The role of masculinity in the Egyptian uprising

During Egypt’s Great Communications Blackout of 2011 – I am hesitant to assume that this government orchestrated counter-attack is over as I have yet to send or receive text messages, save pro-regime propaganda – my dear friend Max Strasser was able to fill readers in on the large role that women have played in Egypt’s uprising, and indeed, many media outlets have followed suit.
Having intermittently attended the demonstrations since the Day of Rage on January 25th, and knowing and following women activists on the ground who devoted themselves to occupying Tahrir Square, also known as Liberation Square, I can vouch for women’s formidable presence in these historic protests. At this point, no well informed person can bemoan the absence of Egyptian women in ousting Mubarak, so I would like to shift the conversation to the role of the other gender in the uprising.

As we’ve noted before, Egypt’ endemic levels of sexual harassment are a poorly kept secret. In the days before the January 25th demonstration, warnings were sent out on a popular listserv that caters to ex-pats in Cairo: Women are liable to be harassed in greater numbers in such a chaotic setting so they ought to remain in their homes. I have been to enough soccer rallies and had my behind grabbed enough times to know that this warning was not just hysterical posturing. Any woman having lived in Egypt would have fully expected to be eyed, groped and squeezed if she ventured out of the safety of her home and onto the city streets.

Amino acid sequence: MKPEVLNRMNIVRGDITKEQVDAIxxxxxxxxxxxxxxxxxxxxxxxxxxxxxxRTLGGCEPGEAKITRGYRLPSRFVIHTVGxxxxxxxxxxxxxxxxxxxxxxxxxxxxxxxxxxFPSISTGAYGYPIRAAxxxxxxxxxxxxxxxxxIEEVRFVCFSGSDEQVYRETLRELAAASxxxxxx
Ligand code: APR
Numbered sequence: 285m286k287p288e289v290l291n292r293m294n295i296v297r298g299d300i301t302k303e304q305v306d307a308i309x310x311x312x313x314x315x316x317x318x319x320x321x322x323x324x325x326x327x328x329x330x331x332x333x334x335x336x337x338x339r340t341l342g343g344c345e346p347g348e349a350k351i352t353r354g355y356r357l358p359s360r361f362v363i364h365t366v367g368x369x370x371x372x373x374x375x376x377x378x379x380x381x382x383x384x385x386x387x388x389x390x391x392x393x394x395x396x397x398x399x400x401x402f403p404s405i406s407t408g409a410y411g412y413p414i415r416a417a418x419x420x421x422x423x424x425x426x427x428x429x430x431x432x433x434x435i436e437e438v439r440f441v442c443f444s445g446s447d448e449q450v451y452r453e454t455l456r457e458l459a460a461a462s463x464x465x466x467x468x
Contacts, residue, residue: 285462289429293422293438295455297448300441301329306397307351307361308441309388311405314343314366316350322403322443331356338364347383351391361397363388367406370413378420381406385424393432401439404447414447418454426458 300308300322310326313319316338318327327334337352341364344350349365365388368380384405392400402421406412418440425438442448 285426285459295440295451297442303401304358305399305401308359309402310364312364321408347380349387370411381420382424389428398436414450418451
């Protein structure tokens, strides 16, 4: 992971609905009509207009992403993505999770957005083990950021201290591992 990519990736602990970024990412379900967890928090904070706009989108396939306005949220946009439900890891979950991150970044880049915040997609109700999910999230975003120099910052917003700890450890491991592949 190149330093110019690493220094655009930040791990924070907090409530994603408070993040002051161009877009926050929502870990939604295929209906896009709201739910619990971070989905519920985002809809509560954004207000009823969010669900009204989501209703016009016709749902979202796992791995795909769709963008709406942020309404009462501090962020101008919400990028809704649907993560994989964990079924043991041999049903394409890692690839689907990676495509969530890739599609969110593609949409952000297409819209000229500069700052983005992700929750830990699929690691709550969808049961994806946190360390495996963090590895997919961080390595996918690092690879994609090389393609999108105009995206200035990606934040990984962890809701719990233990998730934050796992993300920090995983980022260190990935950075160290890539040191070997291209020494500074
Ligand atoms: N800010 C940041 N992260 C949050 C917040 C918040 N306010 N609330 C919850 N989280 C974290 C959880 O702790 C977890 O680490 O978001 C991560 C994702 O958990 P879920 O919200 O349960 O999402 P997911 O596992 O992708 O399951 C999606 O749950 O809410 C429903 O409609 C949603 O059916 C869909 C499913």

Strangely enough though, the number of sexual harassment incidents within the spaces where men and women were marching and chanting has been a steady zero. Exit Tahrir square and within a few blocks you will be greeted by familiar cat-calls, but in Tahrir proper, politeness (and truthfully, not just politeness, but a genuine friendliness) remains the modus operandi. In fact, many opposition figures have taken on the safe, civil atmosphere as a boasting point, as well they should.

Some sociologists posit that Egypt’s rash of sexual harassment stems from a high population of young, frustrated, unemployed and therefore ineligible bachelors. Now that a popular uprising is afoot, acts of frustration have been transferred to their rightful objects: a repressive regime and a stagnant economy.

In a police state, the greatest act of bravery is risking bodily harm and detention by taking to the streets en masse. That young men, shabaab, have persistently maintained their energy in spite of looming threats, is testament to a rejection of an aging and obsolete hierarchy. On January 26th, I marched with protesters on their way to the high court (until we got rerouted by tear gas). I have never seen downtown Cairo’s streets so empty.

As we walked, demonstrators beckoned those watching from their balconies to join the movement, shouting, “Come down, be a man!” Admittedly, there is something about these words that is potentially problematic, but I’ll go out on a limb here and suggest that this call for action, led, for the most part, by young women, heralds a desire for new forms of masculinity in the wake of the dying regime’s thuggish paternalism.

(Photo: Joseph Hill)
Annie Rebekah Gardner lives and studies in Cairo, Egypt

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